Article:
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The Modern Archives Institute

Twice each year the Manuscript Division presents a daylong series of workshops, presentations, tours, and one-on-one meetings as host to participants in the Modern Archives Institute.

The Modern Archives Institute is a two-week training course in archival practice offered in bi-annual sessions by the National Archives and Records Administration (NARA) in Washington, D.C. The institute provides overviews and instruction in archival theory and procedures to archivists, and to librarians, museum curators, volunteers, and employees of nonprofit organizations, religious institutions, universities, or governmental agencies who are taking on new archival responsibilities in their workplaces. Each session involves one day of intense programming on-site at the Library of Congress, during which the participants’ training is coordinated and sponsored through the Manuscript Division.

Participants of all ages come from around the country and internationally to attend the institute. Their interest may be in personal papers or public or private records.

The Modern Archives Institute focuses on the following areas:

•Acquisition of archival material
•Appraisal and disposition
•Arrangement and description
•Reference and access
•Public programs

Panel presentation audience

Processing presentation

Preparation Section tour

Reading Room tour

Stacks tour

Viewing documents

Groups for tours


Each of these areas of responsibility is addressed in the day of orientations, discussions, and workshops offered at the Library of Congress, during which Manuscript Division reference librarians, archivists, curators, and automation and digital specialists act as mentors, lecturers, panelists, consultants, and behind-the-scenes guides.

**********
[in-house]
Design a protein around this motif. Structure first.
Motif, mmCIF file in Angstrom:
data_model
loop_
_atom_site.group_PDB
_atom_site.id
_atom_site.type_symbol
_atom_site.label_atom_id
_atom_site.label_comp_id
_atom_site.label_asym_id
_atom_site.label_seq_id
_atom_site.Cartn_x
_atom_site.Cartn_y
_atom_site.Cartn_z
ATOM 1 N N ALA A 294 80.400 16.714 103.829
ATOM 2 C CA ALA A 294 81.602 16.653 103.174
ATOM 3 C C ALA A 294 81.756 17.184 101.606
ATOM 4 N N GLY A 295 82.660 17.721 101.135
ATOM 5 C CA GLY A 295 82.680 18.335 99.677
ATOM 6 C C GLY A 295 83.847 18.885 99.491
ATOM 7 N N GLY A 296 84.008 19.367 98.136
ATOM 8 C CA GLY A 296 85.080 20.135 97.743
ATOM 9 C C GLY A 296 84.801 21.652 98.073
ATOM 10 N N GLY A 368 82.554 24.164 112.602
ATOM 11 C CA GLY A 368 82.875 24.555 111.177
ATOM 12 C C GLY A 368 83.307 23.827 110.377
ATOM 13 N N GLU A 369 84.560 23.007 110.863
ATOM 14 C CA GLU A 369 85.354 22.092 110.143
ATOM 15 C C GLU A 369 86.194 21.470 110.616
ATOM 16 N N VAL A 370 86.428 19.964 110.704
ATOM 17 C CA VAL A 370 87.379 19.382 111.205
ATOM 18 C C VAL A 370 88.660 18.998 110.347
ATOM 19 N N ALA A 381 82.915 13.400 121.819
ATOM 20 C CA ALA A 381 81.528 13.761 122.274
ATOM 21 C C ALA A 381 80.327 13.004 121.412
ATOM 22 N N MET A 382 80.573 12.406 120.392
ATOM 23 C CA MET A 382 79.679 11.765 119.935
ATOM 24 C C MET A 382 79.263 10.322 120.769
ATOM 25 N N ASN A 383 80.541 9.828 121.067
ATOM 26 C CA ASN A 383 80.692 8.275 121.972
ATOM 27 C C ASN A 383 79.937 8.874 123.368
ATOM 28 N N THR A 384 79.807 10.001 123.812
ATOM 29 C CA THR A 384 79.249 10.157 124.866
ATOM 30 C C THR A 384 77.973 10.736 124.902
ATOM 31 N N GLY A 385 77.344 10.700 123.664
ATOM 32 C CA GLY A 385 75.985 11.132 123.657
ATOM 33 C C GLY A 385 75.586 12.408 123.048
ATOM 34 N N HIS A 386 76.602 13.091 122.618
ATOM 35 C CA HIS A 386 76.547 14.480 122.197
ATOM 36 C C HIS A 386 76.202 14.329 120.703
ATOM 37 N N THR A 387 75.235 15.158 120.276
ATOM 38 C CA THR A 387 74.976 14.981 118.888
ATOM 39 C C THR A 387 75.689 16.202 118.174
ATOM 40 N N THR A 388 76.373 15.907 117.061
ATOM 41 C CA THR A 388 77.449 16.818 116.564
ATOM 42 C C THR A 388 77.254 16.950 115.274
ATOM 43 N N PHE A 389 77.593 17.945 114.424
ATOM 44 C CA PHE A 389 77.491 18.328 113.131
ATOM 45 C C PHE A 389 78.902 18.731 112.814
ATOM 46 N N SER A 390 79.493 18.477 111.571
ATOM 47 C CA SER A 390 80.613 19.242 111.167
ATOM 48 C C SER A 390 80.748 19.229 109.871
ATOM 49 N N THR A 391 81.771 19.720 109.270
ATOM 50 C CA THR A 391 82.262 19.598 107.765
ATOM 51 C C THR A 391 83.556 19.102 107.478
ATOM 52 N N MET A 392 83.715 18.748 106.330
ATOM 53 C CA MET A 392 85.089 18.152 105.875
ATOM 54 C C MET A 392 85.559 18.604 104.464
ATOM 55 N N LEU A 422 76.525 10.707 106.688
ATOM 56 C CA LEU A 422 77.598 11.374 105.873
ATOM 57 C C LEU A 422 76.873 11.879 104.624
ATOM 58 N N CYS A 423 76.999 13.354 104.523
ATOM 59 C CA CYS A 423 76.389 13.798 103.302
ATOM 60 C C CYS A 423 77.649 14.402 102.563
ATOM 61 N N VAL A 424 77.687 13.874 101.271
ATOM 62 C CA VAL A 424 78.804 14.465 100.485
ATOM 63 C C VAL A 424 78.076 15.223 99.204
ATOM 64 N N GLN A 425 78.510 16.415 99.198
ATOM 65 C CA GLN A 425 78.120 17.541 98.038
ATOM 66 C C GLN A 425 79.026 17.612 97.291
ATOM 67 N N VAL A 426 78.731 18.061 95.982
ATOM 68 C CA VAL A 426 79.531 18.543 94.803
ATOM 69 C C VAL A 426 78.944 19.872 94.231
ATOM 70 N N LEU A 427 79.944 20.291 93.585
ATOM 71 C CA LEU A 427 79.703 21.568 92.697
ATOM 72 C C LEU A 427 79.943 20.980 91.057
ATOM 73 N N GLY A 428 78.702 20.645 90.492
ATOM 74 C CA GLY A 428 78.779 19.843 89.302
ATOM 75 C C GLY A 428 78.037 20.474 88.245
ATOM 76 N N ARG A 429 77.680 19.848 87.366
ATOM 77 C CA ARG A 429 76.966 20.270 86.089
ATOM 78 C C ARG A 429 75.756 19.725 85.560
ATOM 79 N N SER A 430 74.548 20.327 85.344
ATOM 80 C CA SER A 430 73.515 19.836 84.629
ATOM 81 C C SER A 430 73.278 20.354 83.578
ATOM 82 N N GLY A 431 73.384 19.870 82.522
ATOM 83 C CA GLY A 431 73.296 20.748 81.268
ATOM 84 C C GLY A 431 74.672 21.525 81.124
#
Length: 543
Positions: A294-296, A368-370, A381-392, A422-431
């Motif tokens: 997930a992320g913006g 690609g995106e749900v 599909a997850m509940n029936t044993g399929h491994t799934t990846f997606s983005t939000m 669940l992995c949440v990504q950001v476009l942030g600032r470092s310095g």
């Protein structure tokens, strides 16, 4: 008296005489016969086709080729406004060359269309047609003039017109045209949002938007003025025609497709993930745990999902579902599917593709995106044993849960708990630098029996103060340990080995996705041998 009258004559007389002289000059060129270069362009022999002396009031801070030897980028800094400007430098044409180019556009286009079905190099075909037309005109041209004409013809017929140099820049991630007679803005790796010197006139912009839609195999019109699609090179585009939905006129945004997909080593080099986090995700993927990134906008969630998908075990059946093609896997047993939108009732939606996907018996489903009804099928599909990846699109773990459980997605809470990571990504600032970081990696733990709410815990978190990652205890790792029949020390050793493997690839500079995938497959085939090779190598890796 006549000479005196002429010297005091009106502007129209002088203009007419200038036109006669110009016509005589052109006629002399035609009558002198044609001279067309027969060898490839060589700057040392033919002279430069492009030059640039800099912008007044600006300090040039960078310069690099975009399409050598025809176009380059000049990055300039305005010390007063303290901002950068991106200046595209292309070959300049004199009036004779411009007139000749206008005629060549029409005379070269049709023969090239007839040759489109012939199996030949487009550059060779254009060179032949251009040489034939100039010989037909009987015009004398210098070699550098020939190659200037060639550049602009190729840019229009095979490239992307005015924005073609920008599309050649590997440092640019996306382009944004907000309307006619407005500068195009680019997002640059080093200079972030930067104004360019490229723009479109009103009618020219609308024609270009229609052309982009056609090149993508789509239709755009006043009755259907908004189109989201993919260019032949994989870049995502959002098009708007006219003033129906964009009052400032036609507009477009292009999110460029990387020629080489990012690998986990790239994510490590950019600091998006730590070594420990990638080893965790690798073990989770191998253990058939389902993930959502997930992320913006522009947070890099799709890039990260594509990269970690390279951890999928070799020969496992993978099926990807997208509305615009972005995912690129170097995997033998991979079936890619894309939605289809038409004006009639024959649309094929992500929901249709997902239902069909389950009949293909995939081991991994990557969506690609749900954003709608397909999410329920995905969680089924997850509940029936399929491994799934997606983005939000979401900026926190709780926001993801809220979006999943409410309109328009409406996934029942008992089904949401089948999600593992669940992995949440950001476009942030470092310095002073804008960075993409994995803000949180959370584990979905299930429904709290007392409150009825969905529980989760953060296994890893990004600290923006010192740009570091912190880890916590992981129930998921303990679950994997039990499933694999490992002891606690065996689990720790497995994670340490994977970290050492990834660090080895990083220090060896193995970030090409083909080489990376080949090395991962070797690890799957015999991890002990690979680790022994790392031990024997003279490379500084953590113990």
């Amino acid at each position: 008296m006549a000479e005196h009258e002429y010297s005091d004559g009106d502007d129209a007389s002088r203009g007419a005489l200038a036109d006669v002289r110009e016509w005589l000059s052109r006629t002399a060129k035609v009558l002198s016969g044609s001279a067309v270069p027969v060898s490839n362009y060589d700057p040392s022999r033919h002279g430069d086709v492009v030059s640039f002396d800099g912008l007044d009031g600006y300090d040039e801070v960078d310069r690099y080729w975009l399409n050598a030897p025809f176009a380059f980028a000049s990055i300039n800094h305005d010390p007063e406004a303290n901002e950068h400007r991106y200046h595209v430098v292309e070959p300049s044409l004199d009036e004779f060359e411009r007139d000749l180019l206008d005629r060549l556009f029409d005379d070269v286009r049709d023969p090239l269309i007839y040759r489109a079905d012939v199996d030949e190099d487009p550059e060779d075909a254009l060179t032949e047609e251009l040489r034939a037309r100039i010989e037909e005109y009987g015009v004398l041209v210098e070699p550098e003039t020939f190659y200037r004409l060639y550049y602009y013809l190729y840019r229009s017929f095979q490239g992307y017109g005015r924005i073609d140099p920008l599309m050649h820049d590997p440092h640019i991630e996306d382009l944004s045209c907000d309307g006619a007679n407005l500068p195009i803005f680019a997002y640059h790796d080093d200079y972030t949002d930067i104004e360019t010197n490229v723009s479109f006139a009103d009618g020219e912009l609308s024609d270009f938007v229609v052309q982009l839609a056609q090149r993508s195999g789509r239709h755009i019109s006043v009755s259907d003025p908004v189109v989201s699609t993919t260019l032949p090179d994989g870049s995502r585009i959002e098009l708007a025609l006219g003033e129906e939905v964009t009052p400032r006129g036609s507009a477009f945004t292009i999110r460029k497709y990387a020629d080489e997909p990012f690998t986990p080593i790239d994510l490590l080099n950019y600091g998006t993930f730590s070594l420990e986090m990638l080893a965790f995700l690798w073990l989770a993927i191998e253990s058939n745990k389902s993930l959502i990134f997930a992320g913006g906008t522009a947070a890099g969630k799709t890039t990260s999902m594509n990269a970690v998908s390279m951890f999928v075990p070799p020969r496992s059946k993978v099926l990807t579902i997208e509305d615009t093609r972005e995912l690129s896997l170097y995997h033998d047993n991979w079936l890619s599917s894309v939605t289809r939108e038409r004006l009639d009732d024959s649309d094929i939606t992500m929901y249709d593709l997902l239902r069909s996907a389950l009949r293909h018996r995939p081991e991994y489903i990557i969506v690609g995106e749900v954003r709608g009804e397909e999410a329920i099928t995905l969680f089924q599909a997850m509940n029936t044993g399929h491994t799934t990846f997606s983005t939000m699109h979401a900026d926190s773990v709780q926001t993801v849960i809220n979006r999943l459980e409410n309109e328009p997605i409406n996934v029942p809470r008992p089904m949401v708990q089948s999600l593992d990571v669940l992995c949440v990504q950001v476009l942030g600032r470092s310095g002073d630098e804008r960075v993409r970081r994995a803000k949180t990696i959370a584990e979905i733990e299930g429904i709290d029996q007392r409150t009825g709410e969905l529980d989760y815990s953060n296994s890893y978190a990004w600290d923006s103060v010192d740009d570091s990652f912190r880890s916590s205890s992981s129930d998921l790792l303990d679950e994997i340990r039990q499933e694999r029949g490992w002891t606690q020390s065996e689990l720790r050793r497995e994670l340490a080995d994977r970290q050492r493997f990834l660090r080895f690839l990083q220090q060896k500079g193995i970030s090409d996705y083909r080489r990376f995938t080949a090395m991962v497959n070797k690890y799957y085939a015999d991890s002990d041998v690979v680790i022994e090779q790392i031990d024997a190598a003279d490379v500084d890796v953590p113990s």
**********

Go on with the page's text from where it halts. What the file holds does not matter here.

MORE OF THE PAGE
Modern Archive Institute students receive tours of the Manuscript Division’s reading room, collection stacks, and processing areas led by seasoned archivists. Specialists show documents from the Division’s collections and explain their significance. Presentations address reference work, acquisitions, archival processing, automation issues and the production of finding aids, and digital projects.

Students can sign up for one-on-one sessions with Library experts and tour other sections of the Library, including the Prints & Photographs Division, Geography & Maps, and Music & Performing Arts. They may also meet with staff of the Copyright Office or Conservation Division, as well as archivists, cataloguers, subject specialists, and digital reference specialists and coordinators.



For more information about the institute, or to apply for an upcoming session, see the National Archives Web site for the Modern Archives Institute.

See also “MAI Archival Students Value Day at Library” by Cheryl Fox in the Library of Congress Gazette, July 21, 2006. The online version of this staff publication can be viewed while visiting the Library at the Online Gazette at the URL

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  October 1, 2008
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